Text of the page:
Going with the Flow: Pedestrian Efficiency in Crowded Scenes

Conference paper
Part of the Lecture Notes in Computer Science book series (LNCS, volume 7575)


Video analysis of crowded scenes is challenging due to the complex motion of individual people in the scene. The collective motion of pedestrians form a crowd flow, but individuals often largely deviate from it as they anticipate and react to each other. Deviations from the crowd decreases the pedestrian’s efficiency: a sociological concept that measures the difference of actual motion from the intended speed and direction. In this paper, we derive a novel method for estimating pedestrian efficiency from videos. We first introduce a novel crowd motion model that encodes the temporal evolution of local motion patterns represented with directional statistics distributions. This model is then used to estimate the intended motion of pedestrians at every space-time location, which enables visual measurement of the pedestrian efficiency. We demonstrate the use of this pedestrian efficiency to detect unusual events and to track individuals in crowded scenes. Experimental results show that the use of pedestrian efficiency leads to state-of-the-art accuracy in these critical applications.


Anomaly Detection Emergent Behavior Intended Motion Social Force Model Crowded Scene 
These keywords were added by machine and not by the authors. This process is experimental and the keywords may be updated as the learning algorithm improves.


  1. 1.
    Helbing, D., Vicsek, T.: Optimal Self-Organization. New Journal of Physics 13 (1999)Google Scholar
  2. 2.
    Helbing, D., Moln, P., Farkas, I.J., Bolay, K.: Self-Organizing Pedestrian Movement. Environment and Planning B: Planning and Design 28, 361–383 (2001)CrossRefGoogle Scholar
  3. 3.
    Still, K.: Crowd Dynamics. PhD thesis, University of Warwick (2000)Google Scholar
  4. 4.
    Schadschneider, A., Klingsch, W., Kluepfel, H., Kretz, T., Rogsch, C., Seyfried, A.: Evacuation Dynamics: Empirical Results, Modeling and Applications. In: Encyclopedia of Complexity and Systems Science, pp. 3142–3176 (2009)Google Scholar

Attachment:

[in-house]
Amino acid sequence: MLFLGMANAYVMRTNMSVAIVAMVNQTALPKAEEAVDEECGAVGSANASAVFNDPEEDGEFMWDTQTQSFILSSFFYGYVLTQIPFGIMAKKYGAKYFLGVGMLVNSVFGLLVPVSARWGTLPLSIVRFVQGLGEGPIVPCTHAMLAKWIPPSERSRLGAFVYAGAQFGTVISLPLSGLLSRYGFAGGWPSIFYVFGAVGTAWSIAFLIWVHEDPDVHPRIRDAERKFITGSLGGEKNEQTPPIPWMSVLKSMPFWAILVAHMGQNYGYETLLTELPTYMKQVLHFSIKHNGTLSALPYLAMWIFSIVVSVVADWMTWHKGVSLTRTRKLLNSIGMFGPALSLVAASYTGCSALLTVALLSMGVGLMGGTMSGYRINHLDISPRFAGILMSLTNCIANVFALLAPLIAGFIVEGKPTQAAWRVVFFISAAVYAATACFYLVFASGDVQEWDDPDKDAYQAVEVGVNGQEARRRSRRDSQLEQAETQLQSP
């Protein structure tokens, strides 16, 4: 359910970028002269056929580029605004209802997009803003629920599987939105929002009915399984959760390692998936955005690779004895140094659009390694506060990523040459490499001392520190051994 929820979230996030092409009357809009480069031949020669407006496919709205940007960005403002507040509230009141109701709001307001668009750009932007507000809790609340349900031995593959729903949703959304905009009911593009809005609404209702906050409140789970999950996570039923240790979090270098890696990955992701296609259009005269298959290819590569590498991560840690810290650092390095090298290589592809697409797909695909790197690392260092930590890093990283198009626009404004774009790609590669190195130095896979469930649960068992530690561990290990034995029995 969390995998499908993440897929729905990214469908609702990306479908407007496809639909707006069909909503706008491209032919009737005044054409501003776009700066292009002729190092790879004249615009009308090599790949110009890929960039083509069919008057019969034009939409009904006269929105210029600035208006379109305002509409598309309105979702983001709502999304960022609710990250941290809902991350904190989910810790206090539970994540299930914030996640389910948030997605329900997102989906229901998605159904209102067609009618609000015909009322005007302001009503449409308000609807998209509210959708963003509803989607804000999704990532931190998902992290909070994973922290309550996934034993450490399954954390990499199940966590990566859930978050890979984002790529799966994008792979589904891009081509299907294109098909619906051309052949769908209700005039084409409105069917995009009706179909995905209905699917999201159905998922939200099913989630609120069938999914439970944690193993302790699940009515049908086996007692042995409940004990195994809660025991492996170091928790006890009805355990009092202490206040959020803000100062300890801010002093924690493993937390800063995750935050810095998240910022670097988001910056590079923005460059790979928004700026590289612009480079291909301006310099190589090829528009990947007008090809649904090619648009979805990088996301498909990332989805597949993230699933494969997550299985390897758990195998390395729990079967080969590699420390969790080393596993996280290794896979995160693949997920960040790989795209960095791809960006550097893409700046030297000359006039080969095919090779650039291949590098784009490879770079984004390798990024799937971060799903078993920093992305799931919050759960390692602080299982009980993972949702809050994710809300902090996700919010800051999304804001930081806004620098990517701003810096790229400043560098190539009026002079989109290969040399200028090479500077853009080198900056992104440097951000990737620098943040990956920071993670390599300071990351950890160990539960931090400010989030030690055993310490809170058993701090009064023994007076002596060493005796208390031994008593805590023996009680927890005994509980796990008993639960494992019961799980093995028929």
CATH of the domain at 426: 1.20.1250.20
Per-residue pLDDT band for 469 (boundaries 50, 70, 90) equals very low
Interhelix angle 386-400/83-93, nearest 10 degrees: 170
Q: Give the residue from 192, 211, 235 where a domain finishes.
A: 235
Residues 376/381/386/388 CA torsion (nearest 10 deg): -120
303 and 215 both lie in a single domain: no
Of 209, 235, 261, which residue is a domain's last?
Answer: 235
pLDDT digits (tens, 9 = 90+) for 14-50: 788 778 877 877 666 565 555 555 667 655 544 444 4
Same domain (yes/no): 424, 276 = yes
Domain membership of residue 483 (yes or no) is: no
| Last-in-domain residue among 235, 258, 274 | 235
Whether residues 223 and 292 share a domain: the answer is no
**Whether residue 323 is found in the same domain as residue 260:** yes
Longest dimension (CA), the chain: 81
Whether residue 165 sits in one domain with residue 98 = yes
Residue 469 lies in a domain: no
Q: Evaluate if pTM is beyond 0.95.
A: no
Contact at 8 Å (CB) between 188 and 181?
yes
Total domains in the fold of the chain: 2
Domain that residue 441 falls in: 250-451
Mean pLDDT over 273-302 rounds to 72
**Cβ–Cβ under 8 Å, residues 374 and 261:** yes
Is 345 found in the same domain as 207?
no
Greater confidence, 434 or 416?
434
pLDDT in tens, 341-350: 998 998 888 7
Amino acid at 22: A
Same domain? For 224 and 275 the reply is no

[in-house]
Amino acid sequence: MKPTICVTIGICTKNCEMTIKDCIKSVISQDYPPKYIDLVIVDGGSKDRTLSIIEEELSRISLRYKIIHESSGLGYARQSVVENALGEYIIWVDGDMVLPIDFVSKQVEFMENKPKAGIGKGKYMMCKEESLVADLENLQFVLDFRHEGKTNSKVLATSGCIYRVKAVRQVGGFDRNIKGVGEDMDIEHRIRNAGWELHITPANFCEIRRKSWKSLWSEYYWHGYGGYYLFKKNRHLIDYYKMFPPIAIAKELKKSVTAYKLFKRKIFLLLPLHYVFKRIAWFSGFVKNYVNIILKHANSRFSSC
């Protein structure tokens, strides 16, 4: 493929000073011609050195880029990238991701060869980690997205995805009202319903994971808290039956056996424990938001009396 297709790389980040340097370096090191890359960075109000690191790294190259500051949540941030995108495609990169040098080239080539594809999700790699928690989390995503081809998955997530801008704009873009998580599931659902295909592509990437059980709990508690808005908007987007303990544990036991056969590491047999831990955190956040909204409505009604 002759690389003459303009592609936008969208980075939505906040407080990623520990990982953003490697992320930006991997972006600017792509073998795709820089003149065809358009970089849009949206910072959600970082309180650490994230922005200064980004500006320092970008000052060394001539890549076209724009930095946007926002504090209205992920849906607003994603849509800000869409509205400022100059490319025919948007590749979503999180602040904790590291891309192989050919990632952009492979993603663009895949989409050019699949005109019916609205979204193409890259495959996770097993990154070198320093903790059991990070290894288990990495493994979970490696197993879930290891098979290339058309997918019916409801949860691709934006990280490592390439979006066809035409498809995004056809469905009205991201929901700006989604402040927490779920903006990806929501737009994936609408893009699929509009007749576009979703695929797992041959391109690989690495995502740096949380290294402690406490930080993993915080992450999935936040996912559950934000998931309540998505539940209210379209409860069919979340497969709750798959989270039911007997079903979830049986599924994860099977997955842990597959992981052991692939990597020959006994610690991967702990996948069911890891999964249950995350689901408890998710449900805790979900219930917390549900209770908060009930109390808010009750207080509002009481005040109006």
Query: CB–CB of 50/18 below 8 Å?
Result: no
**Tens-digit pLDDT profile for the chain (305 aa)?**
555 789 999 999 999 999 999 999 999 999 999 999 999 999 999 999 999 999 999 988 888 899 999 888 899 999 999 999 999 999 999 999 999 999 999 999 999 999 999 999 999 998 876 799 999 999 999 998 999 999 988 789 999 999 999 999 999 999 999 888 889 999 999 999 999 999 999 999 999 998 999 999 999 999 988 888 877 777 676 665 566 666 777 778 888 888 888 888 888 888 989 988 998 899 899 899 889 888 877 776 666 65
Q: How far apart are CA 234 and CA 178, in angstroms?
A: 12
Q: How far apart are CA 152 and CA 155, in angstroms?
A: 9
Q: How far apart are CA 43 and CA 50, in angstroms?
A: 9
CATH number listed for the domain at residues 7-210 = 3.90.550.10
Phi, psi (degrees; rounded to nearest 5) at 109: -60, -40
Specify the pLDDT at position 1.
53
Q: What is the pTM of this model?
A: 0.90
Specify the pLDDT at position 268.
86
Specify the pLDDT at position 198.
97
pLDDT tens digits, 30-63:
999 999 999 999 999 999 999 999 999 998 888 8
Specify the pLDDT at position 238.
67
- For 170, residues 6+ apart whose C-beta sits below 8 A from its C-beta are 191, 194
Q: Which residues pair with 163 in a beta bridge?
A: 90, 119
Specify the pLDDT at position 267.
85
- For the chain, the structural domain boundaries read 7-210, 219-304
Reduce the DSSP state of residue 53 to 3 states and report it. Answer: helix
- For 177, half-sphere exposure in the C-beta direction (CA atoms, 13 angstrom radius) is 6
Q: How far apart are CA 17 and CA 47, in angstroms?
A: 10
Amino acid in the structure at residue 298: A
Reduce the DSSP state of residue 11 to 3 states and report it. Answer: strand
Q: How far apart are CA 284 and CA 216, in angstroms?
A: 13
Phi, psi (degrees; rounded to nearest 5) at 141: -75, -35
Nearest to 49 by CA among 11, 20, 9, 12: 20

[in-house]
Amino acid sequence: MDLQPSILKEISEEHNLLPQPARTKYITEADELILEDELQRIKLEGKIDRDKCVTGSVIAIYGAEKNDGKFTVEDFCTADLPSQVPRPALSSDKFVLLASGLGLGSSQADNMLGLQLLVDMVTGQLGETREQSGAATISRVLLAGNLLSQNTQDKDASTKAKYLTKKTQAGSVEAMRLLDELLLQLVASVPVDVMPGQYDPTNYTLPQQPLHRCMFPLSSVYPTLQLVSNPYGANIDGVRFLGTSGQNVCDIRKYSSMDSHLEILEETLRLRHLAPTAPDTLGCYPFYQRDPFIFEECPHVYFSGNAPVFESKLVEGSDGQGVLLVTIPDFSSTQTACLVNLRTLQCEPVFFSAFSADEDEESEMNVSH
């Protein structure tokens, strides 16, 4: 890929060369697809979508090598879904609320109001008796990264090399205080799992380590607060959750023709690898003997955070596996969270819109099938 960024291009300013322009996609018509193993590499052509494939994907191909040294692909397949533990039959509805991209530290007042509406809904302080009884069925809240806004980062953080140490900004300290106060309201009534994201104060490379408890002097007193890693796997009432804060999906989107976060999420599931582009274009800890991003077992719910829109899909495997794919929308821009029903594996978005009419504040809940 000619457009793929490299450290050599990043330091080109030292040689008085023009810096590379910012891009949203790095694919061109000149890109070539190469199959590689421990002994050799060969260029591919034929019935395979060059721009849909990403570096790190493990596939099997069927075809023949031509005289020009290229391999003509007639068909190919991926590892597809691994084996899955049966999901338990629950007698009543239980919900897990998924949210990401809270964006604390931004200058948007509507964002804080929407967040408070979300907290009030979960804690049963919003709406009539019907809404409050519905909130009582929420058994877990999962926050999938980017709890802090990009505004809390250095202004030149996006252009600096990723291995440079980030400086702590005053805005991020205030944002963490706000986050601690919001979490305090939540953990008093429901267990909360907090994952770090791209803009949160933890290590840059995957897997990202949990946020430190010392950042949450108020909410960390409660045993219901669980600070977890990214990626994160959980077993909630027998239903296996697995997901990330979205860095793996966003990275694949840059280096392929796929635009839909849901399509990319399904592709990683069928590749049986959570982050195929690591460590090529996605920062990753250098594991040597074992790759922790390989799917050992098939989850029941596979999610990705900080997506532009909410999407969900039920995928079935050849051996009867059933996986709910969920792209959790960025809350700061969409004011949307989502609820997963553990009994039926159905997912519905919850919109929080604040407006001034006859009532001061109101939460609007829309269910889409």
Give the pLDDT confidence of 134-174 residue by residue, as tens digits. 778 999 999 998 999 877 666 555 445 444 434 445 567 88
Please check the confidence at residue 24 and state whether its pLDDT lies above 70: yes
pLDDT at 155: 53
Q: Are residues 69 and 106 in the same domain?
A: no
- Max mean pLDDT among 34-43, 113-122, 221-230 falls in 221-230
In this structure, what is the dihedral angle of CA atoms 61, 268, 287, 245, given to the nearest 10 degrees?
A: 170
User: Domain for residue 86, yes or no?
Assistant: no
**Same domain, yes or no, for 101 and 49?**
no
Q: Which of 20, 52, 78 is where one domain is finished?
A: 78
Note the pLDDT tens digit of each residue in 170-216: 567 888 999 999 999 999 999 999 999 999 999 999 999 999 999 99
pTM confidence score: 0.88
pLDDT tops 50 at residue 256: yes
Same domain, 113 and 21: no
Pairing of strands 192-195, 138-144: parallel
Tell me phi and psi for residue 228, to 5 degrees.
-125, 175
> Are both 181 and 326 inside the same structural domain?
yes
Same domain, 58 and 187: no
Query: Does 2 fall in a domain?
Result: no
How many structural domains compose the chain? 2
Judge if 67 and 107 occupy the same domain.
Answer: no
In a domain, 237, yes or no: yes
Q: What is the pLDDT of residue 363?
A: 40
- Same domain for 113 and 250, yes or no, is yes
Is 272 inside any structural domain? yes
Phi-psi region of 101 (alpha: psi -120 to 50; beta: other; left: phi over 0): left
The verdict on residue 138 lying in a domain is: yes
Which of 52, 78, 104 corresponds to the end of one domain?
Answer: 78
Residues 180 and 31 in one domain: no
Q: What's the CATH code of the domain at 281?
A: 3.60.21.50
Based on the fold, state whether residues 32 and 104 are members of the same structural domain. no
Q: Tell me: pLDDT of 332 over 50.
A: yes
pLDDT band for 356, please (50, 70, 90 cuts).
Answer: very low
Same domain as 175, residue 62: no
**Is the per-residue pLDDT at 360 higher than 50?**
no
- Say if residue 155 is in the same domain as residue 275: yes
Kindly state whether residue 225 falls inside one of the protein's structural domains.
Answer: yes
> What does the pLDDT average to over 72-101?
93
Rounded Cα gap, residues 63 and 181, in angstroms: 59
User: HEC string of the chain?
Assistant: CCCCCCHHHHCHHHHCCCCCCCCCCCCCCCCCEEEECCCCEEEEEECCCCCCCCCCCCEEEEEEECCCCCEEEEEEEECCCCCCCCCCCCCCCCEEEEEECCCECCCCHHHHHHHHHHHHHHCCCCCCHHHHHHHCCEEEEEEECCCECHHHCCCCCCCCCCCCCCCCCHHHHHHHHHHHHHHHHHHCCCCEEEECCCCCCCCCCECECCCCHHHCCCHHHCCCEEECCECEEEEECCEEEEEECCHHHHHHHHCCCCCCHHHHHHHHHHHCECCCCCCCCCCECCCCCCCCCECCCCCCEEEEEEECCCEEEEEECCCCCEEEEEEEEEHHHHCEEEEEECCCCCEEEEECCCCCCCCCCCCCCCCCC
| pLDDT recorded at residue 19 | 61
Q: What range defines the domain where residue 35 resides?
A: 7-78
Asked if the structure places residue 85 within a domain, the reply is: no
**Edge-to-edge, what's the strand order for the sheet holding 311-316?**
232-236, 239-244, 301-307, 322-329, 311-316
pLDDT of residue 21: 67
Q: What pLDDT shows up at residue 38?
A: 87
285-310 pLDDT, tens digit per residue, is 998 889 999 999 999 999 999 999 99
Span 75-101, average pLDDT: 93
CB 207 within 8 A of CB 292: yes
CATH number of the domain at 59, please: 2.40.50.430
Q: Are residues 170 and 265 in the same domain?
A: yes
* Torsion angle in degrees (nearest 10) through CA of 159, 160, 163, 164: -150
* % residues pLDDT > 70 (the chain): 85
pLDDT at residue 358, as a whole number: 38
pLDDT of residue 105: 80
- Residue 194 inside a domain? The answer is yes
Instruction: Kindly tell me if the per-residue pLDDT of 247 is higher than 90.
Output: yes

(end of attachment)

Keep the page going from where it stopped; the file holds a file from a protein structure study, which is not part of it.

5. 5.
    Moore, B.E., Ali, S., Mehran, R., Shah, M.: Visual Crowd Surveillance Through a Hydrodynamics Lens. Comm. of ACM 54, 64–73 (2011)CrossRefGoogle Scholar
  6. 6.
    Mehran, R., Oyama, A., Shah, M.: Abnormal Crowd Behavior Detection using Social Force Model. In: Proc. of IEEE CVPR (2009)Google Scholar
  7. 7.
    Krausz, B., Bauckhage, C.: Analyzing Pedestrian Behavior in Crowds for Automatic Detection of Congestions. In: Proc. of IEEE Workshop on MSVLC (2011)Google Scholar
  8. 8.
    Hoogendoorn, S.P., Daamen, W.: Pedestrian Behavior at Bottlenecks. Transportation Science 39 (2005)Google Scholar
  9. 9.
    Kratz, L., Nishino, K.: Anomaly Detection in Extremely Crowded Scenes Using Spatio-Temporal Motion Pattern Models. In: Proc. of IEEE CVPR, pp. 1446–1453 (2009)Google Scholar
  10. 10.
    Mahadevan, V., Li, W., Bhalodia, V., Vasconcelos, N.: Anomaly Detection in Crowded Scenes. In: Proc. of IEEE CVPR, pp. 1975–1981 (2010)Google Scholar
  11. 11.
    Rodriguez, M., Ali, S., Kanade, T.: Tracking in Unstructured Crowded Scenes. In: Proc. of IEEE ICCV (2009)Google Scholar
  12. 12.
    Kratz, L., Nishino, K.: Tracking Pedestrians using Local Spatio-Temporal Motion Patterns in Extremely Crowded Scenes. IEEE TPAMI 34, 987–1002 (2012)CrossRefGoogle Scholar
  13. 13.
    Ali, S., Shah, M.: Floor Fields for Tracking in High Density Crowd Scenes. In: Forsyth, D., Torr, P., Zisserman, A. (eds.) ECCV 2008, Part II. LNCS, vol. 5303, pp. 1–14. Springer, Heidelberg (2008)CrossRefGoogle Scholar